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Home » Colonial American Literature » THE HISTORY OF PLYMOUTH PLANTATION: HOW WILLIAM BRADFORD WANTED US TO READ HIS THANKSGIVING STORY

THE HISTORY OF PLYMOUTH PLANTATION: HOW WILLIAM BRADFORD WANTED US TO READ HIS THANKSGIVING STORY

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November 15, 2016

(Repeated from November 2015)

I live in West Texas—where we capitalize the W—and here it is November and seven weeks after the first day of fall. As is typical here, the leaves are all brown and are ignominiously just blowing off the few trees we have. No big piles of fall leaves here. No beautiful autumn colors. It is harvest time but the harvest is cotton, not corn and wheat or anything like that. Still, I love it, but it’s a loose relationship based upon an unspoken understanding that West Texas fall can do what it wants and I can do what I want.

Yeah, but what I want is some fall leaves, some frost, and a fire in the fireplace of this the study I can only dream about. Anyway, let me pull down my Classics Club edition of William Bradford’s History of Plymouth Plantation, always a favorite in November, and see what’s special about this book.

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Here’s the traditional reading of William Bradford, the reading that has been used to help establish the view of the United States as an exceptional nation founded under special circumstances and established by God much as God established the wandering Israelites in the Promised Land.

Bradford structures his history around annual accounts of the Massachusetts Bay Colony from the Mayflower voyage in 1620 until 1646. The most famous parts, obviously, are the early parts about the first encounters of the Pilgrims in the New World, the stories of the tension surrounding the development of the Mayflower Compact, the brutal first winter in a hostile land during which over half the colony perishes, and the bountiful harvest of 1621 which would have been impossible without the help of the Native American locals led by Massasoit.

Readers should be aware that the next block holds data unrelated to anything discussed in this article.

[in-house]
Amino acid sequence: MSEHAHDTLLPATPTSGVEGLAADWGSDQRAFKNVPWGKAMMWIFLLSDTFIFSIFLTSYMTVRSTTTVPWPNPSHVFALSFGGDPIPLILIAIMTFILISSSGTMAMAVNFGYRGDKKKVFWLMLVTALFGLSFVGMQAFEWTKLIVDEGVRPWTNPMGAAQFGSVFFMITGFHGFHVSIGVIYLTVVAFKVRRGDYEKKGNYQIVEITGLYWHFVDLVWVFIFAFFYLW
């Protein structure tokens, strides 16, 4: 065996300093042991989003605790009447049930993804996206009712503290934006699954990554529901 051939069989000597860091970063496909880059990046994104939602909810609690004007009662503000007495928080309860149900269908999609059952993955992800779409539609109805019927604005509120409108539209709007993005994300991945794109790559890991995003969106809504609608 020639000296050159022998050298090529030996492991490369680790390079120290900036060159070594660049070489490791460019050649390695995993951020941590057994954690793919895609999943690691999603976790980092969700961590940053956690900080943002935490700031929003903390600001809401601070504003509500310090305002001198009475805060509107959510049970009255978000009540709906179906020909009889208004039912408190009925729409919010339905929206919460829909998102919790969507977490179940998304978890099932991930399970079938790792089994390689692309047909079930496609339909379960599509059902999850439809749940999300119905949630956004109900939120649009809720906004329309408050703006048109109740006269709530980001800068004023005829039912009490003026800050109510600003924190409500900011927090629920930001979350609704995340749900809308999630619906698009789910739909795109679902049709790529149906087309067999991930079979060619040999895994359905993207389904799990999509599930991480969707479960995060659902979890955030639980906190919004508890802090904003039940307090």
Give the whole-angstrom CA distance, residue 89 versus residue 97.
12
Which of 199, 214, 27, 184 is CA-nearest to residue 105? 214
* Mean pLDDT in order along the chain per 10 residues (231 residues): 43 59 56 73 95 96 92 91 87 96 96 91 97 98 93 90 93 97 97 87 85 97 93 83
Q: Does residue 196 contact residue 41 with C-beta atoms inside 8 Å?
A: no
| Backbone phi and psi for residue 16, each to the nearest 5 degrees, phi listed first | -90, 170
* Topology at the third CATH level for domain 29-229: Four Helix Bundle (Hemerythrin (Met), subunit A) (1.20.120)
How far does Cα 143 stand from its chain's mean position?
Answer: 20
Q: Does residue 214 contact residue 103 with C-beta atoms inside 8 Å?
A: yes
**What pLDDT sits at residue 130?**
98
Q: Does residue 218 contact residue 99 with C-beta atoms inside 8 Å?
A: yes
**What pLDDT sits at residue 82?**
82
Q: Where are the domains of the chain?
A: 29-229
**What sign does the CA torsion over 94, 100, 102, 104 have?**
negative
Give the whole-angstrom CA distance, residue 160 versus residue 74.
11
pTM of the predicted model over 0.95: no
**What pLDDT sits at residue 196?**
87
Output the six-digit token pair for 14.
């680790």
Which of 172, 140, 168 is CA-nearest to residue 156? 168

From the start Bradford considers “the hideous and desolate wilderness full of wild beasts and wild men,” while in the end he shows us a well-established community with a bright future, a community that serves as a beacon shining light into darkness. Early school pedagogues used to teach Bradford’s History as the first American epic with its theme of dogged struggle of civilization and piety against the savage continent and powers of darkness. Although self-effacing, Bradford has usually been seen as a man of profound goodness and dignity, practicality, compassion, and monumental endurance.

Thus, the traditional interpretation and certainly the intended interpretation by the author. However, this is the postmodern era, and for us today what the author of any given text intended no longer matters—at least not in the way, here, that Bradford thought.

But next time let’s de-center this text a bit. Look off to the sides. Let’s start asking questions William Bradford never intended us to ask.

Leave comments. Re-blog this post and talk about these things as you lead a literary life.

Paul Varner

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